Wise Oysters, Galloping Sea Stars, and More: Biological Marvels Keep Coming
Strong theories in science require fewer auxiliary hypotheses when new discoveries come to light. Design advocates can gain confidence when discoveries continue to illustrate the core principles of intelligent design, like irreducible complexity, meaningful information, and hierarchical design, while undermining the blind, gradualistic principles of Darwinian evolution. Here are some recent illustrations.
“Pearls of Wisdom”
That’s the headline on news from the Okinawa Institute of Science and Technology, where the only thing said about evolution is that “From a genetic and evolutionary perspective, scientists have known little about the source of these pearls” in the Japanese pearl oyster, Pinctada fucata. By implication, don’t look for pearls of wisdom from evolutionary theory. The research published in Evolutionary Applications only concerns genetic variations within the species and the geographic distributions of isolated populations. If it helps conserve these oysters with their magnificent mother-of-pearl nacre — the envy of materials scientists — well, it’s wise to keep jewelry makers in business. Design scores as evolution fumbles.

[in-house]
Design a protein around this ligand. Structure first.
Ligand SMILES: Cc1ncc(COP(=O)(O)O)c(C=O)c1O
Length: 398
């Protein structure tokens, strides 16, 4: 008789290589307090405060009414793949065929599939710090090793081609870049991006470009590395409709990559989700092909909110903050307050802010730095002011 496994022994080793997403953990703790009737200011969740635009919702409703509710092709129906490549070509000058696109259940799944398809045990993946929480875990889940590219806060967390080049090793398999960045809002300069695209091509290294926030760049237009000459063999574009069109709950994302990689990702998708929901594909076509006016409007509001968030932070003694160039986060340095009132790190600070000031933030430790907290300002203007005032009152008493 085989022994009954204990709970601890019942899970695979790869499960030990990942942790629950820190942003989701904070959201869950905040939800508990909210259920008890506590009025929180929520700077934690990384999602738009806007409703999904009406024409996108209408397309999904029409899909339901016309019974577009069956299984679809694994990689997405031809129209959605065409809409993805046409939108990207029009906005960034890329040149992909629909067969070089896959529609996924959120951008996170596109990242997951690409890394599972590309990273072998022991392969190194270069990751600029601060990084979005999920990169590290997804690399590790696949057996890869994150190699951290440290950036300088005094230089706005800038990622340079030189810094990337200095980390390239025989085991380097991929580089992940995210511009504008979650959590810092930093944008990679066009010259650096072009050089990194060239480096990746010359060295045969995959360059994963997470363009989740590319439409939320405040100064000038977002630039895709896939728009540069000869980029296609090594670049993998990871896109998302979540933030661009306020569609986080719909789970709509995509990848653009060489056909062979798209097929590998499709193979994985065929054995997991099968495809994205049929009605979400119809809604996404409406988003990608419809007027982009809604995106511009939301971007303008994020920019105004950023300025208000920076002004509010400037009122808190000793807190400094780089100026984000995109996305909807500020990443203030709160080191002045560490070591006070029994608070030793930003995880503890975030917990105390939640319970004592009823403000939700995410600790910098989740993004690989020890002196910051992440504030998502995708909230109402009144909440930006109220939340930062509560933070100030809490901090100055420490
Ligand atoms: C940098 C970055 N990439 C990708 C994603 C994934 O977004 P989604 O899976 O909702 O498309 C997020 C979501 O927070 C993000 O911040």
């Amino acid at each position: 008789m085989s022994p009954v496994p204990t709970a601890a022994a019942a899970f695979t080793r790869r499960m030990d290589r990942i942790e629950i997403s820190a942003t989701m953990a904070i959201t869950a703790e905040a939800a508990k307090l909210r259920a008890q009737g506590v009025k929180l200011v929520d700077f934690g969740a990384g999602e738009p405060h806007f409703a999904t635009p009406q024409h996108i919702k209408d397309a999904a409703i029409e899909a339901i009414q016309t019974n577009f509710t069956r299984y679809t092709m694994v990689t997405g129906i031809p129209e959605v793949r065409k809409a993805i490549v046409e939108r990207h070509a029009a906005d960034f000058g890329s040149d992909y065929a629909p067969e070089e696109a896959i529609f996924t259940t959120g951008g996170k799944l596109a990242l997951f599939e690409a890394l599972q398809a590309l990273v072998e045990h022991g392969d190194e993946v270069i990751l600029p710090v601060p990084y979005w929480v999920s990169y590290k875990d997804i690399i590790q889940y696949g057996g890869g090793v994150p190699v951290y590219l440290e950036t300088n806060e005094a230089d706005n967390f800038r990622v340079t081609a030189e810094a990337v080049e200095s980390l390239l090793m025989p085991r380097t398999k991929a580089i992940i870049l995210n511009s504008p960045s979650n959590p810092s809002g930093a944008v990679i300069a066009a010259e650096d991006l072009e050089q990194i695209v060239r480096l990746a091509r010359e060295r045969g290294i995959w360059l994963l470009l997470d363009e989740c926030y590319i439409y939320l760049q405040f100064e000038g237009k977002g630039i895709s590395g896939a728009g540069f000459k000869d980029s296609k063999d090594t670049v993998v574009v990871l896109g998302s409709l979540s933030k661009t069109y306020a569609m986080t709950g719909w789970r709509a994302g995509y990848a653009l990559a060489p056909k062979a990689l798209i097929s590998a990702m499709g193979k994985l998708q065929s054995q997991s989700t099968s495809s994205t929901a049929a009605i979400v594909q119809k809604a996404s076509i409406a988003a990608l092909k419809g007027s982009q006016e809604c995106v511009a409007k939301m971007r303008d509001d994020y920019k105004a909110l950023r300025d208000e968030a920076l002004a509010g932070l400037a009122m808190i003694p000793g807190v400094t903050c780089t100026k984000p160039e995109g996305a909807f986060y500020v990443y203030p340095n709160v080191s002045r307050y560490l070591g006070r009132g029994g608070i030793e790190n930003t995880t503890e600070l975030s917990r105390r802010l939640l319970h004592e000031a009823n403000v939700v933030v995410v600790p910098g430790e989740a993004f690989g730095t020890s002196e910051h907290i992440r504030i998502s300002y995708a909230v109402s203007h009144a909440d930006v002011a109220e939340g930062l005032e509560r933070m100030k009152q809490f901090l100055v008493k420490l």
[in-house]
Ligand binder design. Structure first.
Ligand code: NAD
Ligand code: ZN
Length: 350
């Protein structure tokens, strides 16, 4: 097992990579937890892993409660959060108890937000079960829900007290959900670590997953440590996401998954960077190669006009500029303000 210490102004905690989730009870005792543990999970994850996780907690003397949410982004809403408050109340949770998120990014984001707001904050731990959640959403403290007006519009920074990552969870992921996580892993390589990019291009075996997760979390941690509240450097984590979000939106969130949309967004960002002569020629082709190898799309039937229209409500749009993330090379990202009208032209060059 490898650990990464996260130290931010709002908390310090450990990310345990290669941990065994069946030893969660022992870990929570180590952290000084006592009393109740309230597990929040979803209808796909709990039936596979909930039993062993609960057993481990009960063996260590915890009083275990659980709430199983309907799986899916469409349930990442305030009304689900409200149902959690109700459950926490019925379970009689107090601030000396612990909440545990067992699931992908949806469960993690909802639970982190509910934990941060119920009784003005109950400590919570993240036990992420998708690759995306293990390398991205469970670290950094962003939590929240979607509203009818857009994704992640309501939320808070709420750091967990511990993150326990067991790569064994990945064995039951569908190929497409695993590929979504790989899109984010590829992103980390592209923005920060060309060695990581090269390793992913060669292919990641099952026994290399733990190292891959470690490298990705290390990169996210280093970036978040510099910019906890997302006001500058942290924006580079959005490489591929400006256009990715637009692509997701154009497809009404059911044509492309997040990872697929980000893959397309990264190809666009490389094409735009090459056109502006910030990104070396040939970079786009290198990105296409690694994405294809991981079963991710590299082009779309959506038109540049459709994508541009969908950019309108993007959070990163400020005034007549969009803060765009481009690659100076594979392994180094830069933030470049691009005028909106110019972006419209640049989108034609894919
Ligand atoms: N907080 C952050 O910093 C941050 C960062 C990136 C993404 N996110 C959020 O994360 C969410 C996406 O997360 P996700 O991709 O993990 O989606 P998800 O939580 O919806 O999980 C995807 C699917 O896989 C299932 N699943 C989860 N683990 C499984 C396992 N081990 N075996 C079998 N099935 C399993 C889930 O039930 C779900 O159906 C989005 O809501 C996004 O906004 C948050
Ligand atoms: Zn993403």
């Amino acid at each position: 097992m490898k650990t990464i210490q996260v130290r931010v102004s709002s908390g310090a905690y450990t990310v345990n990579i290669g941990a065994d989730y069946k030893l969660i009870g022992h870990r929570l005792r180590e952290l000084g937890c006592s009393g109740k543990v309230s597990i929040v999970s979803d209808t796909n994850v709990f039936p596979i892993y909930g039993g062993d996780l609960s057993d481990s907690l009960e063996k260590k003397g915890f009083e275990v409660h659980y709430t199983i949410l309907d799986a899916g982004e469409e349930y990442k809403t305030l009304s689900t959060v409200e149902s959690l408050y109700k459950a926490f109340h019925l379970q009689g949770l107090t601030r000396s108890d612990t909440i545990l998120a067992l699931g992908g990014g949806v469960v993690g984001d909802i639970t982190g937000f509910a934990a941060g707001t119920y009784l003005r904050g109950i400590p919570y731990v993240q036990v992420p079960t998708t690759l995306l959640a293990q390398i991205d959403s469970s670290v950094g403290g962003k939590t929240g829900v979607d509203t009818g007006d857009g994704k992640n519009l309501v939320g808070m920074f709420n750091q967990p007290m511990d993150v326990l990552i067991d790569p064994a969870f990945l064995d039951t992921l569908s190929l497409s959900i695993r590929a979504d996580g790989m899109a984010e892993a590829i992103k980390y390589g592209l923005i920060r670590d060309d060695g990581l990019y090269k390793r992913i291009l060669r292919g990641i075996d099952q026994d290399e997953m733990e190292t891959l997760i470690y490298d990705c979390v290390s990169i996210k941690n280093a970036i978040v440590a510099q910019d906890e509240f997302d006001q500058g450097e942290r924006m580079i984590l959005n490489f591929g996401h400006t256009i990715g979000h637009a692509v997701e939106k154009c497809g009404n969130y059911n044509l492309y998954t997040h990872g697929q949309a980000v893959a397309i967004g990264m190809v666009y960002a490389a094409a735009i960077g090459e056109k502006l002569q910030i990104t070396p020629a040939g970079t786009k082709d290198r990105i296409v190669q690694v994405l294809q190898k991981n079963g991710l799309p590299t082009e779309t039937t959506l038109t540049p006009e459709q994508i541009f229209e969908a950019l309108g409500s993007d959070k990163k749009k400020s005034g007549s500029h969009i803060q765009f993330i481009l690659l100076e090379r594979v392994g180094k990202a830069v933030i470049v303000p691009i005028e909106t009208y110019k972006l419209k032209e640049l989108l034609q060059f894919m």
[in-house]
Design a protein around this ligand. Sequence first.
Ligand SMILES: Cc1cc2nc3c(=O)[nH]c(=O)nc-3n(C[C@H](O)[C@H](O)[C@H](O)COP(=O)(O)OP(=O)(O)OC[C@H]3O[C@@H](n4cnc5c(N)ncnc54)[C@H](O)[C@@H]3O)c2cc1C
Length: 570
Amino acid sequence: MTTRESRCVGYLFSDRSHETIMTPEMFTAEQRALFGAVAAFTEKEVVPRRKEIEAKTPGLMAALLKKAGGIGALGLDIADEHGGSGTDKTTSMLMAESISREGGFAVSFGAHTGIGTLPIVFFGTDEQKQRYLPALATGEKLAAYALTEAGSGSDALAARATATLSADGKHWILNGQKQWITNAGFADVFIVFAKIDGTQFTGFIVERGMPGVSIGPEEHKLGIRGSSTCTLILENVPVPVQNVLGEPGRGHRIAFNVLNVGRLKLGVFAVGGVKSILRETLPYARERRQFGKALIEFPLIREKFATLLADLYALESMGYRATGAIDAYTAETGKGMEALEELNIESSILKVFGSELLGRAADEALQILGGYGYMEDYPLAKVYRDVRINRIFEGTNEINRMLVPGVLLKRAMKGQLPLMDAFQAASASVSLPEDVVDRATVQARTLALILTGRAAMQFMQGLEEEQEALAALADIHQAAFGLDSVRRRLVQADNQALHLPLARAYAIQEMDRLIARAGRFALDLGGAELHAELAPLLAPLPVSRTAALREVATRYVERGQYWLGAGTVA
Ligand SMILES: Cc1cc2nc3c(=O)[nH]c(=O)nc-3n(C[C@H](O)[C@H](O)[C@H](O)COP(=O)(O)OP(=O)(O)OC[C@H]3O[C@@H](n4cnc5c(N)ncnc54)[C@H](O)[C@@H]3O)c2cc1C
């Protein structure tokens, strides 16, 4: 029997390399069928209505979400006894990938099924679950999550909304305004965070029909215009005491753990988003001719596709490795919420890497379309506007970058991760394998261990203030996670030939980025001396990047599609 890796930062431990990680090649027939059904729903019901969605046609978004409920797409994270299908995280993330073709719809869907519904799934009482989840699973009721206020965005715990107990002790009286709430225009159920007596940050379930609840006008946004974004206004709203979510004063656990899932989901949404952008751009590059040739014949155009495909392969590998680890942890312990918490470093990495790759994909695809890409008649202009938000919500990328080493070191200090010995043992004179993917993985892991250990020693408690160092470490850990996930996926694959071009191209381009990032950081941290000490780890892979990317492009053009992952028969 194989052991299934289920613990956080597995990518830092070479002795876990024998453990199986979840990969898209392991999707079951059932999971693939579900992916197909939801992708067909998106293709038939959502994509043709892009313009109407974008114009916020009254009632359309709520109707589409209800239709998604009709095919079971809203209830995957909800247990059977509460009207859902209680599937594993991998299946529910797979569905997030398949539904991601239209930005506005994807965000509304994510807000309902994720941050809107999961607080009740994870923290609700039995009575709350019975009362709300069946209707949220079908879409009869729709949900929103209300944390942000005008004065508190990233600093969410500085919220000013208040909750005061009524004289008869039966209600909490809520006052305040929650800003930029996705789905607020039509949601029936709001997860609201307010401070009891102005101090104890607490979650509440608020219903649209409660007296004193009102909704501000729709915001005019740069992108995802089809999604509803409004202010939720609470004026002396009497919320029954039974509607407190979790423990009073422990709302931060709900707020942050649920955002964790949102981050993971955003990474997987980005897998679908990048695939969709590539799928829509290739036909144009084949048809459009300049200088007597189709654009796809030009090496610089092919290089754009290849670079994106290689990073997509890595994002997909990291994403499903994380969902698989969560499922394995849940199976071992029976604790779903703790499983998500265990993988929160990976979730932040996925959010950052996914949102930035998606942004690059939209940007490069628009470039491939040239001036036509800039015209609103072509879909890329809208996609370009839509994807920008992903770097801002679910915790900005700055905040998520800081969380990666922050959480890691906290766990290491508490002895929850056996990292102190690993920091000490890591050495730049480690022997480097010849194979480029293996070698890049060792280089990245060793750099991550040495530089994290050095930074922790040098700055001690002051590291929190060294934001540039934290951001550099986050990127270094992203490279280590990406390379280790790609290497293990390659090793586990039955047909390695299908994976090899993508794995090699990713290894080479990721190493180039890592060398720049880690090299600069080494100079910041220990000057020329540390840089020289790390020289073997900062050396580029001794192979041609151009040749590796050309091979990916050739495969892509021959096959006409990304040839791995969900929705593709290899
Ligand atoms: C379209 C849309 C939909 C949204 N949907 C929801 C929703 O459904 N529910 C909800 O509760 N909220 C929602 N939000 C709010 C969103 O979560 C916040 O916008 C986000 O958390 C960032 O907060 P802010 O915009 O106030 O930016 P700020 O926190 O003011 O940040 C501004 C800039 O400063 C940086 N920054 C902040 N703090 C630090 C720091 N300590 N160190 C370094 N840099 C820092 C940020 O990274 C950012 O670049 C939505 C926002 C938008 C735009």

Another level of design has been uncovered in bird feathers. In Science Magazine, Matloff et al. discuss “How flight feathers stick together to form a continuous morphing wing.” Pigeon and dove wing feathers spread out from their folded position into beautiful fans, as most people know. But how do birds prevent gaps from opening up between individual wing feathers? The team found a combination of factors at work.